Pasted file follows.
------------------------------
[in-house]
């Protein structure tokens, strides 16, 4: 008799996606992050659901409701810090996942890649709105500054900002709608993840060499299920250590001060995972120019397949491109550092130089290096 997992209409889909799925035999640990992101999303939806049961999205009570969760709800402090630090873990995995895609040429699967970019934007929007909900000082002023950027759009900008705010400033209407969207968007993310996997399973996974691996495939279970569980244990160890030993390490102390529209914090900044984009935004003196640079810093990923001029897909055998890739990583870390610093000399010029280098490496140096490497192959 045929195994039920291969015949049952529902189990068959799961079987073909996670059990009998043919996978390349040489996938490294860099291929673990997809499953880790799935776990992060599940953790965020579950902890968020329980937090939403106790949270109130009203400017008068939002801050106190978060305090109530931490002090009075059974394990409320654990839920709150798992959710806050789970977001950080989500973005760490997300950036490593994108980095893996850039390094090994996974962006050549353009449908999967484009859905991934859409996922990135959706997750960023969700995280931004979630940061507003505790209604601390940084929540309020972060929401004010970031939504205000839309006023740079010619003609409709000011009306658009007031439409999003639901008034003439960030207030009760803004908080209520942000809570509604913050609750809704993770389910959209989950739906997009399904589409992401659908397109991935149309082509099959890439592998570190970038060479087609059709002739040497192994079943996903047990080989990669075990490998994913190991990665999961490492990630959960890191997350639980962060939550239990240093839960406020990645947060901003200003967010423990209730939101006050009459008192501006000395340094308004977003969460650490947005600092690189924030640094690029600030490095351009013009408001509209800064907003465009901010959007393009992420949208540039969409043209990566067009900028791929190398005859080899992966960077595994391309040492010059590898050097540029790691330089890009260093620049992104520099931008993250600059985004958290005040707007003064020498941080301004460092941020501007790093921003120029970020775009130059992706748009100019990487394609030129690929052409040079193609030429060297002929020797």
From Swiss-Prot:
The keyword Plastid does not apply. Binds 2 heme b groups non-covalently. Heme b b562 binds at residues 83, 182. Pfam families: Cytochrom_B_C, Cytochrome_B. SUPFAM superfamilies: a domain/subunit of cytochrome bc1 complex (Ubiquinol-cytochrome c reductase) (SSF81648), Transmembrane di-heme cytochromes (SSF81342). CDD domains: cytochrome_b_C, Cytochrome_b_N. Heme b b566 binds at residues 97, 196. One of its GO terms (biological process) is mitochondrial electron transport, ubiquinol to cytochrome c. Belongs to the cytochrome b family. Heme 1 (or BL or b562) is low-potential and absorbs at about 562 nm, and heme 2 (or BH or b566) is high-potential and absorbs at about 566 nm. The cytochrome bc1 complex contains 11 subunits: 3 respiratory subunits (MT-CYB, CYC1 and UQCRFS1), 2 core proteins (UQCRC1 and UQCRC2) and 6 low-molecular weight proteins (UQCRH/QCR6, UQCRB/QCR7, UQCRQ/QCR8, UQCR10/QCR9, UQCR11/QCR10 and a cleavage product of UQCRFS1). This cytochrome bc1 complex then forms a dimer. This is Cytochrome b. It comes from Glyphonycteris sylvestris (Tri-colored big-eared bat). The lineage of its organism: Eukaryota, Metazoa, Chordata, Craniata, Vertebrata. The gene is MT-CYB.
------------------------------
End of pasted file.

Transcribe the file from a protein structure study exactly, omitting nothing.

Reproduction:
[in-house]
């Protein structure tokens, strides 16, 4: 008799996606992050659901409701810090996942890649709105500054900002709608993840060499299920250590001060995972120019397949491109550092130089290096 997992209409889909799925035999640990992101999303939806049961999205009570969760709800402090630090873990995995895609040429699967970019934007929007909900000082002023950027759009900008705010400033209407969207968007993310996997399973996974691996495939279970569980244990160890030993390490102390529209914090900044984009935004003196640079810093990923001029897909055998890739990583870390610093000399010029280098490496140096490497192959 045929195994039920291969015949049952529902189990068959799961079987073909996670059990009998043919996978390349040489996938490294860099291929673990997809499953880790799935776990992060599940953790965020579950902890968020329980937090939403106790949270109130009203400017008068939002801050106190978060305090109530931490002090009075059974394990409320654990839920709150798992959710806050789970977001950080989500973005760490997300950036490593994108980095893996850039390094090994996974962006050549353009449908999967484009859905991934859409996922990135959706997750960023969700995280931004979630940061507003505790209604601390940084929540309020972060929401004010970031939504205000839309006023740079010619003609409709000011009306658009007031439409999003639901008034003439960030207030009760803004908080209520942000809570509604913050609750809704993770389910959209989950739906997009399904589409992401659908397109991935149309082509099959890439592998570190970038060479087609059709002739040497192994079943996903047990080989990669075990490998994913190991990665999961490492990630959960890191997350639980962060939550239990240093839960406020990645947060901003200003967010423990209730939101006050009459008192501006000395340094308004977003969460650490947005600092690189924030640094690029600030490095351009013009408001509209800064907003465009901010959007393009992420949208540039969409043209990566067009900028791929190398005859080899992966960077595994391309040492010059590898050097540029790691330089890009260093620049992104520099931008993250600059985004958290005040707007003064020498941080301004460092941020501007790093921003120029970020775009130059992706748009100019990487394609030129690929052409040079193609030429060297002929020797």
From Swiss-Prot:
The keyword Plastid does not apply. Binds 2 heme b groups non-covalently. Heme b b562 binds at residues 83, 182. Pfam families: Cytochrom_B_C, Cytochrome_B. SUPFAM superfamilies: a domain/subunit of cytochrome bc1 complex (Ubiquinol-cytochrome c reductase) (SSF81648), Transmembrane di-heme cytochromes (SSF81342). CDD domains: cytochrome_b_C, Cytochrome_b_N. Heme b b566 binds at residues 97, 196. One of its GO terms (biological process) is mitochondrial electron transport, ubiquinol to cytochrome c. Belongs to the cytochrome b family. Heme 1 (or BL or b562) is low-potential and absorbs at about 562 nm, and heme 2 (or BH or b566) is high-potential and absorbs at about 566 nm. The cytochrome bc1 complex contains 11 subunits: 3 respiratory subunits (MT-CYB, CYC1 and UQCRFS1), 2 core proteins (UQCRC1 and UQCRC2) and 6 low-molecular weight proteins (UQCRH/QCR6, UQCRB/QCR7, UQCRQ/QCR8, UQCR10/QCR9, UQCR11/QCR10 and a cleavage product of UQCRFS1). This cytochrome bc1 complex then forms a dimer. This is Cytochrome b. It comes from Glyphonycteris sylvestris (Tri-colored big-eared bat). The lineage of its organism: Eukaryota, Metazoa, Chordata, Craniata, Vertebrata. The gene is MT-CYB.